Trade Implications | May 10, 2019

Trade concerns marred markets last week. A 15% tariff increase, potential tariffs on additional goods, and the threat of retaliation all carried implications for markets.

The Rise

Last summer the US levied 25% tariffs on $50B in goods from China. Followed shortly by 10% on an additional $200B. The plan was for the 10% tariff to increase to 25% barring a trade deal by 12/31/2018. Due to progress, the deadline was pushed off to 03/01/2019. That date came and went without event as trade talks were moving nicely. In the last several weeks, talks have hit a wall. Prompting the US to make good on the long-standing threat to raise tariffs by 15%.

The Addition

This week the US is expected to announce additional tariffs for $319B of goods. This would round out the full import product of China into the US. Anticipate deadlines tied to these as well. Should talks not continue as expected, the hikes will become a reality.

The Unknown

China has responded that they will retaliate against these actions. They could do so in one of many ways, but here are the most plausible actions:

  • Increase tariffs on the sum of US goods they import.
  • Reduce their purchase of agricultural goods.
  • Sell a large sum of their US debt, causing a spike in interest rates.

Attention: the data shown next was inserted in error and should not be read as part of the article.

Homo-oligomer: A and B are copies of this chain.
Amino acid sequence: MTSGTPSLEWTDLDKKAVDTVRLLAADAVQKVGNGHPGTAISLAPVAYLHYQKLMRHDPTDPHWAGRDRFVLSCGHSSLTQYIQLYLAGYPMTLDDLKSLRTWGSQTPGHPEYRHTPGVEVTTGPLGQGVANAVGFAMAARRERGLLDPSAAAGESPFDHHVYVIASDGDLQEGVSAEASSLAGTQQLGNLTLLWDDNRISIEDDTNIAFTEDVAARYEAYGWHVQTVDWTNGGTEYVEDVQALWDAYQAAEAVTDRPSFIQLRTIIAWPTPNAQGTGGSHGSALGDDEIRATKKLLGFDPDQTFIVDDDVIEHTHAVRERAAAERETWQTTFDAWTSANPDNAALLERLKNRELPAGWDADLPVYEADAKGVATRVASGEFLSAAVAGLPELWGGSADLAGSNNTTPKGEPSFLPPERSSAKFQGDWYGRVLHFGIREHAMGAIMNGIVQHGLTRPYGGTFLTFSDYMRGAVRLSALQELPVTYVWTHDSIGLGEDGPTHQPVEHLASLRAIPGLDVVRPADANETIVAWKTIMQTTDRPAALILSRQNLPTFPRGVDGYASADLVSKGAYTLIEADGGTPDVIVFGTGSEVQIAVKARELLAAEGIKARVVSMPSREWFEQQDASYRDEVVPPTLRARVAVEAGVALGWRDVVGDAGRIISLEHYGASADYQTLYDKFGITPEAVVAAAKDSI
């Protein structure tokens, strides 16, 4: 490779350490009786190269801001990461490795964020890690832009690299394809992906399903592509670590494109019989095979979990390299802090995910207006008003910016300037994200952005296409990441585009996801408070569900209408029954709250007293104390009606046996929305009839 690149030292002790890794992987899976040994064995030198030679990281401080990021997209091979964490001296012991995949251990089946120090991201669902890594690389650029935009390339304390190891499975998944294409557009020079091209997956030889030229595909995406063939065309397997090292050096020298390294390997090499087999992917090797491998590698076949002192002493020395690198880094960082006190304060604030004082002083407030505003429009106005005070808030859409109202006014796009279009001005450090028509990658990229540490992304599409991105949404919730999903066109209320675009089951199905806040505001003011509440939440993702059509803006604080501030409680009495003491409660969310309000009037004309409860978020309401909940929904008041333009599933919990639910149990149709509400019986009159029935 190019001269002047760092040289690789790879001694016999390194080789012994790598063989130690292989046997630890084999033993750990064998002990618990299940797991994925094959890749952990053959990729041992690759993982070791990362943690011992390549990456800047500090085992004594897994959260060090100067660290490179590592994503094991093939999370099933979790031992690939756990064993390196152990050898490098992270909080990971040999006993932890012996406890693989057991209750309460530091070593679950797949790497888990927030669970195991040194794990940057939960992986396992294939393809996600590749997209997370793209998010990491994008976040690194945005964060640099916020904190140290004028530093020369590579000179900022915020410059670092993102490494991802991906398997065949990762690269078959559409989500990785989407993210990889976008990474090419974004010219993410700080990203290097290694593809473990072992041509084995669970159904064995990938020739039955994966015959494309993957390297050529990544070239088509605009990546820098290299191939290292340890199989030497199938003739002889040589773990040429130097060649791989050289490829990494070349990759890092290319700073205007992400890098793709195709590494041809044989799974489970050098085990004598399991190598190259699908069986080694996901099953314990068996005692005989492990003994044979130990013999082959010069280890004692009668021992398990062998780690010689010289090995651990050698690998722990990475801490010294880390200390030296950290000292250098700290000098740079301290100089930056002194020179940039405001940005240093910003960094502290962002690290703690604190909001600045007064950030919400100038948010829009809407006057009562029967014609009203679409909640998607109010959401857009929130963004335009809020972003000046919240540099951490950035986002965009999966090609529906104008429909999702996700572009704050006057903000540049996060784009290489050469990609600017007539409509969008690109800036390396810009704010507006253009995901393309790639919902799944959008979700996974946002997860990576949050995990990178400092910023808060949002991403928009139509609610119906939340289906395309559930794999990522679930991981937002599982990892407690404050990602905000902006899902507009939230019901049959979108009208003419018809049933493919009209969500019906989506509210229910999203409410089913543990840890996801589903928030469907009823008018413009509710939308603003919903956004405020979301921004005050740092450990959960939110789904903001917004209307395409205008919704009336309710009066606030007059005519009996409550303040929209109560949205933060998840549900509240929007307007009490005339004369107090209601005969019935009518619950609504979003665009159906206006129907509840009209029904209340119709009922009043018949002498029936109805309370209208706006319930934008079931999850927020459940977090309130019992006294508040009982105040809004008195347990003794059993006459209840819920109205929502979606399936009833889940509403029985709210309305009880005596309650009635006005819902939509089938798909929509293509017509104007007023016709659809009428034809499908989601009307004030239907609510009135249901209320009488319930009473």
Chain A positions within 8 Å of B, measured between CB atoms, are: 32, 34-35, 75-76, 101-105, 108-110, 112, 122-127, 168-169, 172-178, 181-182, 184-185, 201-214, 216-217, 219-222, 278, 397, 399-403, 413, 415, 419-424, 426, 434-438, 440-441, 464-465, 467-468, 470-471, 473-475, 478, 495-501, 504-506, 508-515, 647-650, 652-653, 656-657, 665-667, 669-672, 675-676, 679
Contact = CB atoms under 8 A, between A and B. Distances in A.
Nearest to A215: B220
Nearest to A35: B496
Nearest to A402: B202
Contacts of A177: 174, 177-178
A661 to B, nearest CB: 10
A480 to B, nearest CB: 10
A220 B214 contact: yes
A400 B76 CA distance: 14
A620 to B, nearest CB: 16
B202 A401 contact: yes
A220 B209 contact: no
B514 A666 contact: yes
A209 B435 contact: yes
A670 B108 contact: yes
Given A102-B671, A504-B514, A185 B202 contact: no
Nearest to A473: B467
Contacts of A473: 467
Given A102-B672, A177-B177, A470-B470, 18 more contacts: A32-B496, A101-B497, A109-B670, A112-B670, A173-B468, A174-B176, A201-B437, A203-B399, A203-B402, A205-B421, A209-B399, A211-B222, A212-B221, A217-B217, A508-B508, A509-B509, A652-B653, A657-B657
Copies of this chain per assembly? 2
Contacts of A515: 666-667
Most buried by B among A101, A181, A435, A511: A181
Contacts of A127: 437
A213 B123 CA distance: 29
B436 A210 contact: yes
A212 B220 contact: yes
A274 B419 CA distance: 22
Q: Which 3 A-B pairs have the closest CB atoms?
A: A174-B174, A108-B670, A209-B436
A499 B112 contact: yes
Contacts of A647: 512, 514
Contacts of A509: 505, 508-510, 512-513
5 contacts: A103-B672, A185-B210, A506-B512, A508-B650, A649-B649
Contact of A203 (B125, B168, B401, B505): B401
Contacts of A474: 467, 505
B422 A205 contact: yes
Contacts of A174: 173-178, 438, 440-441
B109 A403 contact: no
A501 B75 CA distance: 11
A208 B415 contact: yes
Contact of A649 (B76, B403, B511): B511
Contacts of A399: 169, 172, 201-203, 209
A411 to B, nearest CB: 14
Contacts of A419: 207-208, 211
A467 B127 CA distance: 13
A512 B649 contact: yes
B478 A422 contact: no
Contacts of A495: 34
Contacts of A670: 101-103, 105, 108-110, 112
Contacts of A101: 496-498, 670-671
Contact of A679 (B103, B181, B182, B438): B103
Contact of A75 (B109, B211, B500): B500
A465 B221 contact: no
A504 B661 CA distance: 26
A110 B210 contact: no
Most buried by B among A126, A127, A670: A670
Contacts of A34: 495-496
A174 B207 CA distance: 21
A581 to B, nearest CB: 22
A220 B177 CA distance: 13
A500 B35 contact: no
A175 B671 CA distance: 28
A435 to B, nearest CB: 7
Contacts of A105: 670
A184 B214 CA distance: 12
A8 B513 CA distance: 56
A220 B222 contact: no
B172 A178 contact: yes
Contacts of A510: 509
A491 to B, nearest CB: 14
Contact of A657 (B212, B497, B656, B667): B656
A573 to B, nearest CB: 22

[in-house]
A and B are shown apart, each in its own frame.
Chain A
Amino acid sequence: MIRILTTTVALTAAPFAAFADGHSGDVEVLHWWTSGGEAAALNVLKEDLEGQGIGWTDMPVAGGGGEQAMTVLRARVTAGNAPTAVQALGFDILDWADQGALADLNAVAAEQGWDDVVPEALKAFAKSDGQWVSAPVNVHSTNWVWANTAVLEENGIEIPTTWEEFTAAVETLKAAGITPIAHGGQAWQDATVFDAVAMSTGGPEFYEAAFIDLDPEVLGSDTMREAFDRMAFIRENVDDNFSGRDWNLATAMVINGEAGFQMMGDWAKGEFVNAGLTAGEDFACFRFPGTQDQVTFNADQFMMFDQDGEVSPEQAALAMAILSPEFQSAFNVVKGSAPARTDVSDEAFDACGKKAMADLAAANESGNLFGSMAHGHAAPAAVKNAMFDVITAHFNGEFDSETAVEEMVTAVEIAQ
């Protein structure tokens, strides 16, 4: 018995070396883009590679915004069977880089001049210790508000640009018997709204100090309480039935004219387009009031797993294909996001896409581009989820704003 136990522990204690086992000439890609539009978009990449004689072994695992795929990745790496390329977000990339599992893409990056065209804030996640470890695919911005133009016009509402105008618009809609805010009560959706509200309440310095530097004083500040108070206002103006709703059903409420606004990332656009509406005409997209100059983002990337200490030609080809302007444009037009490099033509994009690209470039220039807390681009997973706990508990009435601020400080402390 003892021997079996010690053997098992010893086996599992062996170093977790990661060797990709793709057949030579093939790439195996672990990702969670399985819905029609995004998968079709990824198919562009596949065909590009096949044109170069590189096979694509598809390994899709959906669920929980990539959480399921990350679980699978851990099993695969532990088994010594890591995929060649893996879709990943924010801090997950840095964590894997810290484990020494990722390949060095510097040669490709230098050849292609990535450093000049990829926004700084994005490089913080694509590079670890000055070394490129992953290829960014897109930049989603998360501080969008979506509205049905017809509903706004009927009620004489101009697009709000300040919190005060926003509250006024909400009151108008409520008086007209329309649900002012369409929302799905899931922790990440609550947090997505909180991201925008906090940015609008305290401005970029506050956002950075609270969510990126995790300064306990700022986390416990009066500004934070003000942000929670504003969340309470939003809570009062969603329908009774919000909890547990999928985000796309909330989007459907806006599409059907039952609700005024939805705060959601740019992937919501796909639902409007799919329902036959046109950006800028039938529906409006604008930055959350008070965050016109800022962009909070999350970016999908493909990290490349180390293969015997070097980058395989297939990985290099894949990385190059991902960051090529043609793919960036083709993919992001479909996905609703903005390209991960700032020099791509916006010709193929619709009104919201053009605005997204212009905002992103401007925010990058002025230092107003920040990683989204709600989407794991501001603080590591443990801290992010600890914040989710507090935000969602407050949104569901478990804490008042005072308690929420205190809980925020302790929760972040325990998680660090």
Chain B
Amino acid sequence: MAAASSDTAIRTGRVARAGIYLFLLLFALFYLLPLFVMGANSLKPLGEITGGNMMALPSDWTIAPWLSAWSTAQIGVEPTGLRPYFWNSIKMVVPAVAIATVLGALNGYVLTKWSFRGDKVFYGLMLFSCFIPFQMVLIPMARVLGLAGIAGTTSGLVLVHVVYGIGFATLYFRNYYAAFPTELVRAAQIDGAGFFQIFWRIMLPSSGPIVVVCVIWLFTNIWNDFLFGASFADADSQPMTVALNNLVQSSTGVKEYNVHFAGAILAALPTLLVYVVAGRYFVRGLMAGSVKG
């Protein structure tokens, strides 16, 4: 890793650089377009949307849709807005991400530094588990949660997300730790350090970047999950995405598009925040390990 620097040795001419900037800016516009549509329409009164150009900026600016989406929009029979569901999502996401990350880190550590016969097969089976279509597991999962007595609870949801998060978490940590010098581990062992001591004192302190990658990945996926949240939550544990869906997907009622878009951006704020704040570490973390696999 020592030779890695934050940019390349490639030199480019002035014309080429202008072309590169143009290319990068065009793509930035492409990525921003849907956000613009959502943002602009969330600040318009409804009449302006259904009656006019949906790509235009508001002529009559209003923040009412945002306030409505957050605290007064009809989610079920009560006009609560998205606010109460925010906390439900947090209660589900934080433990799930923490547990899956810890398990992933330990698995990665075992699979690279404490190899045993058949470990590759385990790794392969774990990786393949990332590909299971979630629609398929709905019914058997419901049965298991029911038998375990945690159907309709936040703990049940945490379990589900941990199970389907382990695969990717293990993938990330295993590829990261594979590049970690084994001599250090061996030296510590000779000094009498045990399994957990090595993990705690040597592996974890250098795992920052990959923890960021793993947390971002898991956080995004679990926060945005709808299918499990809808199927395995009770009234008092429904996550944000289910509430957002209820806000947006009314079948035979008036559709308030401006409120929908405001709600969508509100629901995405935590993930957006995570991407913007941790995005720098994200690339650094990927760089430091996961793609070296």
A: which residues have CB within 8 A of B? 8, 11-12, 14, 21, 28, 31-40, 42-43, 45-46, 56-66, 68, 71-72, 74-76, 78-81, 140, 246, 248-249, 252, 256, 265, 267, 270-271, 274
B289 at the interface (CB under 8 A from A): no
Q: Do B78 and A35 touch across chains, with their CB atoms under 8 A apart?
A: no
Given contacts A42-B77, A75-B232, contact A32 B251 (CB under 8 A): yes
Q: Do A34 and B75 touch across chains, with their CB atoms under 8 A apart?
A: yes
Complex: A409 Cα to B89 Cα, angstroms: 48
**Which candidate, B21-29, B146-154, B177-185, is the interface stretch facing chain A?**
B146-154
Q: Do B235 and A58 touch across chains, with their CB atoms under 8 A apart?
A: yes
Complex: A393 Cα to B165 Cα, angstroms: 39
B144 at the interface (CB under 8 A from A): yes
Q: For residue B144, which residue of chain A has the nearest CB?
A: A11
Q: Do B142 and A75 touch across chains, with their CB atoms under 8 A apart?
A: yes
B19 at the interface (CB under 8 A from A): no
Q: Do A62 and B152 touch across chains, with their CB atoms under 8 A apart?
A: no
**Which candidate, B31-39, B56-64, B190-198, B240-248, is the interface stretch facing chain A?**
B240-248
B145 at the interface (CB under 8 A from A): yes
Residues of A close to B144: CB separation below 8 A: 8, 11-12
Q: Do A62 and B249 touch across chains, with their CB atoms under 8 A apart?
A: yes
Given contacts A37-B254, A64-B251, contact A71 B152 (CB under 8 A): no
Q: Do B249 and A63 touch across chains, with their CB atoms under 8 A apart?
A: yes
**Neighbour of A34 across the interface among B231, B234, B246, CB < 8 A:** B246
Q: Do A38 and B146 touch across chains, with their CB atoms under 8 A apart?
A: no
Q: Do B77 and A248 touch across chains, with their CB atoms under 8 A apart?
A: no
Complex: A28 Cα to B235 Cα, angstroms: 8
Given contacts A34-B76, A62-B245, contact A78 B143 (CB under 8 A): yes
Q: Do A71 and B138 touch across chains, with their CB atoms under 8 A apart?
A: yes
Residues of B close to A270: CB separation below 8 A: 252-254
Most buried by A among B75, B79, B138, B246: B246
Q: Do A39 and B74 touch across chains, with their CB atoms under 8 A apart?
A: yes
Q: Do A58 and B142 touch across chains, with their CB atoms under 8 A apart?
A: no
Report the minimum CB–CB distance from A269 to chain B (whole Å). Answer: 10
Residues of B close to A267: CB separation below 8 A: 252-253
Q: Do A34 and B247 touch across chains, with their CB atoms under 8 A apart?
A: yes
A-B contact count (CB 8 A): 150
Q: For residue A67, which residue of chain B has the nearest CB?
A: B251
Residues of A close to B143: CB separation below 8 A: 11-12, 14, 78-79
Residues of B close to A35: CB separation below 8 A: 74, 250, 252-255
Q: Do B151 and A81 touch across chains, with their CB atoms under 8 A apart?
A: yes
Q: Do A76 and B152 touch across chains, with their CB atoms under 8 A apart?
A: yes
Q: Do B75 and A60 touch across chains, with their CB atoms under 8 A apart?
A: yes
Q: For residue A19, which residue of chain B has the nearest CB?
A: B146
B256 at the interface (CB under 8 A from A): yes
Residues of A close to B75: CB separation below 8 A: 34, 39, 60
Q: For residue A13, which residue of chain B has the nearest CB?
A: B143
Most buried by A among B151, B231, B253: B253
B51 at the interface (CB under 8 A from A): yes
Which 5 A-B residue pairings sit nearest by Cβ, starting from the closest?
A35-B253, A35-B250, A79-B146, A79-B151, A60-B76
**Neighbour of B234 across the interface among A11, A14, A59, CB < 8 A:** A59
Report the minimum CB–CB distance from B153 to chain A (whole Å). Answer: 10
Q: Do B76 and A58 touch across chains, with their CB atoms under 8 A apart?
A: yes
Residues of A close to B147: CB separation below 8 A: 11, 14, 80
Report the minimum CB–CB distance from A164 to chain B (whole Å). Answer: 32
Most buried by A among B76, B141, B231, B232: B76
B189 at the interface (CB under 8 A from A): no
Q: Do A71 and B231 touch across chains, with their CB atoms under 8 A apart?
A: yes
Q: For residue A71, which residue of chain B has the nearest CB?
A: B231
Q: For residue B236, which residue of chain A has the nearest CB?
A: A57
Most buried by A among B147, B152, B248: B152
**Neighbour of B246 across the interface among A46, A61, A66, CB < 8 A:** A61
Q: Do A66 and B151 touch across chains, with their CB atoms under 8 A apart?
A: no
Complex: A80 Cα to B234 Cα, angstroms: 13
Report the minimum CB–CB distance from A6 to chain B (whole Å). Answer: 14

The Rise in tariffs, while unwelcomed is not surprising, as they have been a threat for the last 5 months. The additional tariffs will serve a purpose as the new set of negotiating tools the US will use. China’s reaction is still unknown and will surely carry market consequence. Selling bonds would have adverse effects for them, making it the most unlikely response. It looks like the best possible target for a deal now, would be at the G20 summit in June.

Ultimately, markets had to reprice the new normal. Additional strain from trade conflict could further weaken corporate and consumer spending. Both of which struggled this last quarter. If this holds up, the strength expected in the second half of 2019 will likely be revised down.



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